A study released Wednesday found that political campaigns that release Twitter messages on multiple accounts hurt themselves by diluting their message.

The study, released by Qorvis Strategies, surveyed the Virginia and New Jersey gubernatorial elections and the Massachusetts special Senate election in January.

During the Virginia and New Jersey races, then-candidate Bob McDonnell (R-Va.) and then-Gov. Jon Corzine (D-N.J.) used one single Twitter account whereas Democratic candidate Creigh Deeds (Va.) and Republican challenger Chris Christie (N.J.) used multiple accounts.

The study showed that having one account allowed campaigns to attract more followers  and was better for issing a unified message.

McConnell's single account had over 7,000 followers but the top three Deeds accounts (out of 6 listed), only amounted to just over 4,700 followers. Three Deeds accounts belonged to campaign staff.

Corzine had just over 4,400 followers but Christie had more at over 5,000 between his three accounts. But Wyeth Ruthven, a former Democratic congressional staffer who conducted the study, said that Deeds' and Christie's multiple accounts had few mutual followers.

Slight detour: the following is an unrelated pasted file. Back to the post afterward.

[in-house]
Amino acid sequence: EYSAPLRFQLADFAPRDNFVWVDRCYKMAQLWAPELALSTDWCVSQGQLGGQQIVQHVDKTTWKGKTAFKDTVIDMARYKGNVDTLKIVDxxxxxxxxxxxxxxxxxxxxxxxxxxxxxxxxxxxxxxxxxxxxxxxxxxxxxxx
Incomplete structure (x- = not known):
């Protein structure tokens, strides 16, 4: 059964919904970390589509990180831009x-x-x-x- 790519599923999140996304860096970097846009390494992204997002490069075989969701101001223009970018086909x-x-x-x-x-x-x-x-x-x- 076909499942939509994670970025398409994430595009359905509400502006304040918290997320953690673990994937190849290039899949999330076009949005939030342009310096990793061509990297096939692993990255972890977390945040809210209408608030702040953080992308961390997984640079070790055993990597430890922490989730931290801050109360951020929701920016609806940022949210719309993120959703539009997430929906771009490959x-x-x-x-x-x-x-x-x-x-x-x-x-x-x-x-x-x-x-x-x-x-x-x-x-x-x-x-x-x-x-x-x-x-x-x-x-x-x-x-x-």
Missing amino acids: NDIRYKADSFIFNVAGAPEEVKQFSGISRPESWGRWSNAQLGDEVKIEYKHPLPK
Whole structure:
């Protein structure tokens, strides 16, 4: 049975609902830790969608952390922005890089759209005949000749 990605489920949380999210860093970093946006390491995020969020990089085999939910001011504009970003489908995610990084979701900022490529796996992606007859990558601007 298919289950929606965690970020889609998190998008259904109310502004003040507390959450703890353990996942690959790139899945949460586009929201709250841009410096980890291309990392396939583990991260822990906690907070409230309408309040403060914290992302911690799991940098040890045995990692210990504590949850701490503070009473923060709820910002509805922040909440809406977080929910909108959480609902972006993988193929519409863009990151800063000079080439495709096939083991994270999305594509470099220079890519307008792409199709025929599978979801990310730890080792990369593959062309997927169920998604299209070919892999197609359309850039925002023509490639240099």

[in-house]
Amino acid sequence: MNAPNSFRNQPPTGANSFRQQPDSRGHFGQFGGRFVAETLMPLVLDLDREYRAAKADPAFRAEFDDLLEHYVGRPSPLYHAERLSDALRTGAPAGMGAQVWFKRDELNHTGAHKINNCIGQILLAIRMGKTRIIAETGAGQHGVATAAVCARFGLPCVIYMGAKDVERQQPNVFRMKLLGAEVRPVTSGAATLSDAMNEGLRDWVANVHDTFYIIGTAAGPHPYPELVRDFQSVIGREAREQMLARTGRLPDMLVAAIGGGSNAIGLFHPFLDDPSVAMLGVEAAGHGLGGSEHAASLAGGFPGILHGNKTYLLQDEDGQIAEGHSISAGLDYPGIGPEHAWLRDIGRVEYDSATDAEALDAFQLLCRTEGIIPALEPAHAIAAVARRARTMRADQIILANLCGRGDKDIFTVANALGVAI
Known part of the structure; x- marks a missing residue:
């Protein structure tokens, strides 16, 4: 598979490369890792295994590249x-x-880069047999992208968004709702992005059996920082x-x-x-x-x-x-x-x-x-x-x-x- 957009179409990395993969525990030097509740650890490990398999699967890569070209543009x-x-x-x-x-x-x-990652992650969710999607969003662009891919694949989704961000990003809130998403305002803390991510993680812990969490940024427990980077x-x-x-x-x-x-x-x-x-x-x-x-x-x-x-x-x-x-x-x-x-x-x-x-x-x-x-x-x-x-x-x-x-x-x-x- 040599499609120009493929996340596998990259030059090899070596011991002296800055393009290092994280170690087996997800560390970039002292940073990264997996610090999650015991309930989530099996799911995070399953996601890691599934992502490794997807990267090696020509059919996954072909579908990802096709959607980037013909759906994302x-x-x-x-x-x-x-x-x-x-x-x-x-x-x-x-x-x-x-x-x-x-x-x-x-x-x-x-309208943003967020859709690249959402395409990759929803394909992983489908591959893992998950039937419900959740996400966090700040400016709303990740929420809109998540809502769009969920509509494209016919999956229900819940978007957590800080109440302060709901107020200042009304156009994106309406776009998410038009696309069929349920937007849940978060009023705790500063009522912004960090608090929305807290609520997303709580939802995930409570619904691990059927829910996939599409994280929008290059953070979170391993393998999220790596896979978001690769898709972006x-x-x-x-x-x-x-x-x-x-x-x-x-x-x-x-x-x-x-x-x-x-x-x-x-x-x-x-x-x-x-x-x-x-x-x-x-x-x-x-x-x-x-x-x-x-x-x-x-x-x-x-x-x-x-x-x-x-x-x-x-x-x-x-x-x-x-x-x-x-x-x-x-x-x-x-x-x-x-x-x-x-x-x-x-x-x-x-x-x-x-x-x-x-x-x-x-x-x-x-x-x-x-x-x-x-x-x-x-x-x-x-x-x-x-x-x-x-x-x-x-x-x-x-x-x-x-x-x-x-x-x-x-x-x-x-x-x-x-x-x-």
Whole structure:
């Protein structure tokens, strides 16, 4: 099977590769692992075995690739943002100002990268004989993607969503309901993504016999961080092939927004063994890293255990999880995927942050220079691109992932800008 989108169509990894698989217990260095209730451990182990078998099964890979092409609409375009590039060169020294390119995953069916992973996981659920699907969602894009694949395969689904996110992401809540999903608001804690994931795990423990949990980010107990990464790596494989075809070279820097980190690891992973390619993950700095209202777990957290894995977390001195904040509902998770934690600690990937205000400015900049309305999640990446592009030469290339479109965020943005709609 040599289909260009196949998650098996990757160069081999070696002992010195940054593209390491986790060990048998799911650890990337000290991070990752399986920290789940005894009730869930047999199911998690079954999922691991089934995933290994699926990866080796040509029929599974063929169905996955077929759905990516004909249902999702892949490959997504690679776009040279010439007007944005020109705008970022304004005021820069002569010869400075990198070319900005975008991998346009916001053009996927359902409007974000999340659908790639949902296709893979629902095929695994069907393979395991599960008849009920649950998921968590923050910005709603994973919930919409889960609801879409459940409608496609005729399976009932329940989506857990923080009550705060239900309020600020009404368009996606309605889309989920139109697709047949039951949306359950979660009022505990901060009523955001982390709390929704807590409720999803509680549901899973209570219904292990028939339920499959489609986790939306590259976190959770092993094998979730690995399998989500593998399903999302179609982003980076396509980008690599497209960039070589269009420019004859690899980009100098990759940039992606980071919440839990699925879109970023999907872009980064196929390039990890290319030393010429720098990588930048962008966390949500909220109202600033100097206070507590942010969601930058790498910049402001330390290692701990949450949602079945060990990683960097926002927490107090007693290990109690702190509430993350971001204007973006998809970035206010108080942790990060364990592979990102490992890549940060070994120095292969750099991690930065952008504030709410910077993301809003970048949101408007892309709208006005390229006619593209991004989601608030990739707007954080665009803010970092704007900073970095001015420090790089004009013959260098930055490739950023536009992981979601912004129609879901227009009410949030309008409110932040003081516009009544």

It's worth mentioning that Christie and McDonnell both won their respective races despite their different Twitter strategies.

The study was not without it's amusing results. "Pointless babble" made up the plurality of the tweets studied at 40.55 percent.

Ruthven also noted that Deeds, a noted music fan, tweeted more about what was playing on his stereo than his transportation plan:

In fact, Deeds devoted more tweets to his musical tastes (39 tweets) than to his transportation plan (1).

For Virginia and New Jersey, the survey compiled all campaign tweets between Aug. 1 and Nov. 3, 2009 For Massachusetts Senate race, it gathered all campaign tweets from the Nov. 3 candidate filing deadline until the Jan. 19 election.

This post was updated at 4:05 p.m.